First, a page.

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The United States Department of Treasury added three Burmese corporations and a military staff officer to the Specially Designated Nationals List on Monday for their involvement in the arms trade with North Korea.
Lt-Col Kyaw Nyunt Oo, Asia Metal Company Ltd, Soe Min Htike Co Ltd and Excellence Mineral Manufacturing Co Ltd have been added to the roster of thousands of individuals and companies that US citizens are forbidden to do business with. The aforementioned companies and officer were found by the treasury to have facilitated the movement of weapons from North Korea to Burma, in violation of the UN Security Council ban.
“North Korean weapons officials in Burma have operated several cover or front addresses to receive goods from overseas,” read the Treasury’s statement, “as recently as June 2013, Soe Min Htike Co. Ltd. and Excellence Mineral were companies working with North Korean officials to import materiel for military weapons programs. As of December 2012, Asia Metal constructed buildings and supplied construction materials on a DDI factory compound where approximately 30 North Koreans were still working.”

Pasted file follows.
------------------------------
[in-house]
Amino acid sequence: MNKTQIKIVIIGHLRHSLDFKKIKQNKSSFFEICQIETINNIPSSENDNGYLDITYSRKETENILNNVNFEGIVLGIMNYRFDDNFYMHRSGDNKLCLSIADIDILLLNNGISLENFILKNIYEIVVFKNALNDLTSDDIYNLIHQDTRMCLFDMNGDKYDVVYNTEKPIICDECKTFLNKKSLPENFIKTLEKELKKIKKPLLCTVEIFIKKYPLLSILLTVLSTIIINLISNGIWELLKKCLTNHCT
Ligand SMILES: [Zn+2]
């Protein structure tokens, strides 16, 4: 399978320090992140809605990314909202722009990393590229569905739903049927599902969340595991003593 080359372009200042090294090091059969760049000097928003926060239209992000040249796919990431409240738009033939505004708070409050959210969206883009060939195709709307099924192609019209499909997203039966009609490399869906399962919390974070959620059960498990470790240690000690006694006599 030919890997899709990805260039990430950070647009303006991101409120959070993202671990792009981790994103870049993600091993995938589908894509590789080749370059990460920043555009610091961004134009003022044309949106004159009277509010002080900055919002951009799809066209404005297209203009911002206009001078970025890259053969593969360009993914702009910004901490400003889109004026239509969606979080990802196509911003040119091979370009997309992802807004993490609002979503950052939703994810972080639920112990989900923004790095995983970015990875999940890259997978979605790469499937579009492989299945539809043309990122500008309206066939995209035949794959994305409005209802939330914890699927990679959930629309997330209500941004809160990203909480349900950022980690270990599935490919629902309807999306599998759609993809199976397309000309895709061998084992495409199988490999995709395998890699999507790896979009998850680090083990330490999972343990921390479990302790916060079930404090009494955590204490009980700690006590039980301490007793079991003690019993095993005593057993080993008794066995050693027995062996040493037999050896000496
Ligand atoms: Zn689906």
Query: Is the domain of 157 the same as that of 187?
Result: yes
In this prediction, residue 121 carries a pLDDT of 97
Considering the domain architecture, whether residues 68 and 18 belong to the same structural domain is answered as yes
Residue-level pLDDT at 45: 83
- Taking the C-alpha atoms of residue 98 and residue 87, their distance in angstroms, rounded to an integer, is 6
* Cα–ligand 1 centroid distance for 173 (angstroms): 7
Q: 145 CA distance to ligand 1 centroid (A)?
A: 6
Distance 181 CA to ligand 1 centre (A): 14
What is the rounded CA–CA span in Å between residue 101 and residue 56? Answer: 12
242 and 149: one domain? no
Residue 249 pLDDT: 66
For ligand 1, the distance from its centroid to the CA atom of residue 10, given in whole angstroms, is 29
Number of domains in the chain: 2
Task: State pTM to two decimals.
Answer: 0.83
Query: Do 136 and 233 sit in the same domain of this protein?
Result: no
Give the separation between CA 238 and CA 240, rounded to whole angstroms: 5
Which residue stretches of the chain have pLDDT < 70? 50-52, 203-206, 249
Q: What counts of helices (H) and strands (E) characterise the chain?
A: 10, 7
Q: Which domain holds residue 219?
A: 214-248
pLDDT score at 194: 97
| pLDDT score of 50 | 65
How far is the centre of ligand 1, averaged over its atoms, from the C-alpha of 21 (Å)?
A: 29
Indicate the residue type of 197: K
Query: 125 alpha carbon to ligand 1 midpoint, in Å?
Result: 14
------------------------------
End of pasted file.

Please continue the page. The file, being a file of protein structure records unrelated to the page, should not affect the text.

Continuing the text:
The new sanctions are part of a larger move by the US government to crack down on Burma’s Directorate of Defence Industries (DDI), which is known to have purchased military equipment and materials from North Korea.
David S. Cohen, Under Secretary for Terrorism and Financial Intelligence, said in the Treasury’s press statement: “The revenues from these continuing military sales directly support North Korea’s illicit activities. We will continue to target this activity in Burma, and the region, as we work with our international partners to shut down North Korea’s dangerous and destabilizing weapons proliferation.”
In September, a report by NK News accused the Burmese government of colluding with the North Korean military in establishing several front operations and using fake flags on ships to illicitly transport arms from Pyongyang to Rangoon, despite President Thein Sein’s promises to both the US government and South Korean President Lee Myung-bak that Burma will stop buying weapons from the notorious North Korean regime.
The US Treasury has been rigorously targeting the DDI, having placed several individuals and companies to the SDN list since Burma’s regime change in 2011. Lt. General Thein Htay, who was accused of defying the government’s stated support for the UN ban on North Korean weapon exports, was added to the list in July 2013, though the government promptly and publicly denied the allegations.